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John Goschke

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    Philadelphia, PA, USA
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    John Goschke

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  1. I hear you on up-tops! Color will be Tamiya Champagne Gold, which is a close match for '59 Pontiac Shoreline Gold.
  2. Recently got this clean Bonneville from and decided to modify it to accept the top from the Revellogram '59 Impala. With some work it fits very nicely! Also modified the chassis fit and widened the track for an authentic "Wide Track" Pontiac stance. Let me know what you think!
  3. Well, it's been almost a year since an update on the Buick, but work has been slowly progressing... Fresh chrome by Dale Horner on my modified grill – got rid of the center badge by grafting in a section from another grill. Work has been done to scratch build an interior bucket and design a console and door panels. Seats are from the Monogram '58 T-bird. Steering wheel from AMT '66 Buick kit with a center bullet added.
  4. Except for very minor body work the wheel opening mods are complete on the final model! I'm pretty pleased with how this turned out – it gives this model a real "hook!" I also detailed the wheels with an India ink wash, along with painting the tri-color and gold emblems in each center cap, now they're not so toy-like. The tailpipes got their customary hit of Alclad Chrome, and the chassis's been detail-painted in the usual style, including a "Buick Green" engine and trans.
  5. Nice build of a great subject. Looking forward to more.
  6. Thanks Jim! Much appreciated! Thanks, Bob! I, too, love me some big fins! Thanks Jeff! I think it helps the flow and lessens the visual "bulk" of the original rear quarter.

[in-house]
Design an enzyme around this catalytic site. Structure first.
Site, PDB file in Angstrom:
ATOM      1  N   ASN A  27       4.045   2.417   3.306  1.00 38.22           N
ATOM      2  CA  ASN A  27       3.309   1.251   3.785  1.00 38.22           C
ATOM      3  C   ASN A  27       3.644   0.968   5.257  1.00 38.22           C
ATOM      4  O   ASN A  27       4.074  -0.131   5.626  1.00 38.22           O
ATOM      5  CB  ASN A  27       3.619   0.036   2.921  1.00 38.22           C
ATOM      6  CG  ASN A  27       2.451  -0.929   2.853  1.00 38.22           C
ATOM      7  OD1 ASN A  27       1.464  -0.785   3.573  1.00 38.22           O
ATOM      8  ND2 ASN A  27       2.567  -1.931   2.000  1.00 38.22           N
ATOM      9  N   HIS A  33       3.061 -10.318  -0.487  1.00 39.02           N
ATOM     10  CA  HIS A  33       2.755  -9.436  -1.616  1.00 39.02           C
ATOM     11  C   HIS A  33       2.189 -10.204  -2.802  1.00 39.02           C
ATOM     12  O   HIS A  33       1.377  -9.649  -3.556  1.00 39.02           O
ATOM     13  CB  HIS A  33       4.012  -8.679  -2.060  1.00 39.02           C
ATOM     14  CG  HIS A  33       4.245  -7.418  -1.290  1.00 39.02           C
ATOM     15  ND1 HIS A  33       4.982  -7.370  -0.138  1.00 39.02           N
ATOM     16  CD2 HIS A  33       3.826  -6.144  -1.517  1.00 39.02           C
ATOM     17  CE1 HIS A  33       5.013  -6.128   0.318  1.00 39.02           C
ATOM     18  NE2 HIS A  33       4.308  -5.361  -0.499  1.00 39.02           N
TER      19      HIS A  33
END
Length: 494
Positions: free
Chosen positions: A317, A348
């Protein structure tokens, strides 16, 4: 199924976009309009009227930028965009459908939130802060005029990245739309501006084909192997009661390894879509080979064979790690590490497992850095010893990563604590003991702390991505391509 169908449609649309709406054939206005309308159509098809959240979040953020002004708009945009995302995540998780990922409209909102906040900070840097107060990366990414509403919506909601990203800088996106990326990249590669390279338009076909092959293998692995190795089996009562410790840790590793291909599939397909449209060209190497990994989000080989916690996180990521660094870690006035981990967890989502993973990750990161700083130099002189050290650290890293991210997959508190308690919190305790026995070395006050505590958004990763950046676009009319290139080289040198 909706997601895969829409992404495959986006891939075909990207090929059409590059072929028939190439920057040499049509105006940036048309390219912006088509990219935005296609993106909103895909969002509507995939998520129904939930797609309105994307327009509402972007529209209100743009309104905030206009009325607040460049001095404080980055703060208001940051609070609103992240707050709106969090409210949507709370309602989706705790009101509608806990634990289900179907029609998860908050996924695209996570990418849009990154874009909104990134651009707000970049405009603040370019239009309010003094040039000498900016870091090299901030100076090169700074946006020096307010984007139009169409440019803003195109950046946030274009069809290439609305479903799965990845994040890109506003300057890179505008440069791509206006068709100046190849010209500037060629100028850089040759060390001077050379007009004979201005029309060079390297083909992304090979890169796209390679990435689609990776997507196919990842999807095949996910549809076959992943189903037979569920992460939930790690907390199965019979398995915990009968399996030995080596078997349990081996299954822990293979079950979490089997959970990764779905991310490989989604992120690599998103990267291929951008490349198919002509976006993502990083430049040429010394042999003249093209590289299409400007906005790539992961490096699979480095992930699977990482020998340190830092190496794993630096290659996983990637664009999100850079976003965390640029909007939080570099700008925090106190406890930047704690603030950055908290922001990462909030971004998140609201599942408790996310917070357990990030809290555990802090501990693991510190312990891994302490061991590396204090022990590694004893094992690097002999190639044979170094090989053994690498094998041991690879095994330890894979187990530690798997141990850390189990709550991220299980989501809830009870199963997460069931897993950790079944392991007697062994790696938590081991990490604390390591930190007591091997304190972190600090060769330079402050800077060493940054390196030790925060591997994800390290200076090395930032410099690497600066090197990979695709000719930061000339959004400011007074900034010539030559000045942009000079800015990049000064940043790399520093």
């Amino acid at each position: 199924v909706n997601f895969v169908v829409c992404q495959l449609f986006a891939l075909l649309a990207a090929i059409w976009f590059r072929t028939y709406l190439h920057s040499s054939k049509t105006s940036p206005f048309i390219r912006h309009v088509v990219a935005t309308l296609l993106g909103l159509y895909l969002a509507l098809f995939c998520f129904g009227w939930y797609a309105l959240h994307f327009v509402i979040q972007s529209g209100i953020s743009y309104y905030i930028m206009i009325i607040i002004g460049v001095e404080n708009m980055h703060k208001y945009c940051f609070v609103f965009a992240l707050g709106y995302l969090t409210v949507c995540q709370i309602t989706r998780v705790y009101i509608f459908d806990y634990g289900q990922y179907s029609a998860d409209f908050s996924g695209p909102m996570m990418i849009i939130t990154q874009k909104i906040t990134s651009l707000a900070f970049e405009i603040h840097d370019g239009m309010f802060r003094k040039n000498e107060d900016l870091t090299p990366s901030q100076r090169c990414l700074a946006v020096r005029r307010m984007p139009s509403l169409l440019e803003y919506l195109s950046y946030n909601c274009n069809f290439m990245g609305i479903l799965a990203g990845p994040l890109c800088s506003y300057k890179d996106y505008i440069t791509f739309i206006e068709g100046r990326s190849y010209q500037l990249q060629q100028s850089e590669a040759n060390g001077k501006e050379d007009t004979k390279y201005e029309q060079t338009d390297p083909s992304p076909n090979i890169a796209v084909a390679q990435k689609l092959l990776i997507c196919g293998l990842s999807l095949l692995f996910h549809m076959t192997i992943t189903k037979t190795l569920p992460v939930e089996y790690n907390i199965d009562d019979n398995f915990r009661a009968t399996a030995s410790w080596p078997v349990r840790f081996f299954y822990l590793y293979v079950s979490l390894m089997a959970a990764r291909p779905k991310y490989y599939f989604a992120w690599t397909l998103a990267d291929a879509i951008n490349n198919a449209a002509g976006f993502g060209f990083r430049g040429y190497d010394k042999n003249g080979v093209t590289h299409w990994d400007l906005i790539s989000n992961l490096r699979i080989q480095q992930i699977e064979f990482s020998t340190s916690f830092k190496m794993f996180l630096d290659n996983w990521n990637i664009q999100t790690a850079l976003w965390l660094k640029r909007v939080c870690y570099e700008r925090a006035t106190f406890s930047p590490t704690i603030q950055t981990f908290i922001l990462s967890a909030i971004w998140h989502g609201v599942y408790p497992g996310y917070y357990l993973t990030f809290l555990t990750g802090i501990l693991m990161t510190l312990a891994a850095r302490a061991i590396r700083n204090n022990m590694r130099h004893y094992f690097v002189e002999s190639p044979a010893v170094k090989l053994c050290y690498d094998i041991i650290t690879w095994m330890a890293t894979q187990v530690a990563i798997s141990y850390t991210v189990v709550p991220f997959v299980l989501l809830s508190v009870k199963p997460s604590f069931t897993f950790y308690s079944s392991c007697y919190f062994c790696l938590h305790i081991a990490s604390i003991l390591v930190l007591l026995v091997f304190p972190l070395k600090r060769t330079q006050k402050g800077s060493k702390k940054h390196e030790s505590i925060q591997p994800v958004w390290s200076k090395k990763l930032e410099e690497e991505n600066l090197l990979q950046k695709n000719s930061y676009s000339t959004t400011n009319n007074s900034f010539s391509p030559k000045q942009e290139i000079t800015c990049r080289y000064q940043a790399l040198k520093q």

7. Thanks, Bill! I wanted to it look as if the factory might've done it.
  8. Thanks, Wayne! Glad you like it. The fins on the final model won't be rounded. The car shown here is a parts car with damaged fins that I used to test the idea.
  9. Thanks, guys! Timothy, you're right, T-birds look terrific minus the skirts, and the Wild Bird is a great example.
  10. Here's the second side of my '59 Buick test car with a new version of the revised wheel opening. I think I'm ready to do this on the final model. Let me know hat you guys think. Here's a link to the original topic post...
  11. Thanks, guys! Dave, I'm won't be trimming the fins like that on the final model. The parts car I used for the wheel opening test has damaged fin tips.
  12. Well, I've made all of the usual modifications to move the Invicta further into mild custom land. Got rid of the hood emblem, along with the script on the front fender, and the grill badge using a section from a spare grill. Shaved the door handles. Eliminated the emblem on the deck lid, along with some nasty glue scars. I had to cut out and replace the rear panel between the taillights because of more glue damage using the same section from a parts car (I'll have to do some filling underneath the fins to restore that bit. I cut the stock mufflers and tailpipes off the chassis, making filler panels for the resulting holes, and notched the splash pan for a new set of tailpipe extensions. Because I've never quite liked the stock rear wheel openings on the '59 Buick and have always wondered "what if" and whether the designers had ever considered something more like the rear opening on the '54 - '57 Buicks (especially the '53 and '54 Skylarks) where the whole wheel was revealed. I decided to try something similar in Photoshop by copy and pasting and further manipulating a copy of the front wheel opening. I liked the result so much that, after discussions with a trusted colleague, I had to try it in plastic using my battle-weary parts car. By making a pattern of the front opening I was able to open up a new wheel opening, which I then outlined with Plastruct .080 half-round styrene. So that the front opening would match, I removed the original opening lip, and created a new lip with the same half-round strip. My technique cementing the strip in place needs a little refinement, but there is another side to play with yet!  I think this treatment shows the beautiful wheels to their best advantage, so I'll almost certainly do it on the final model.
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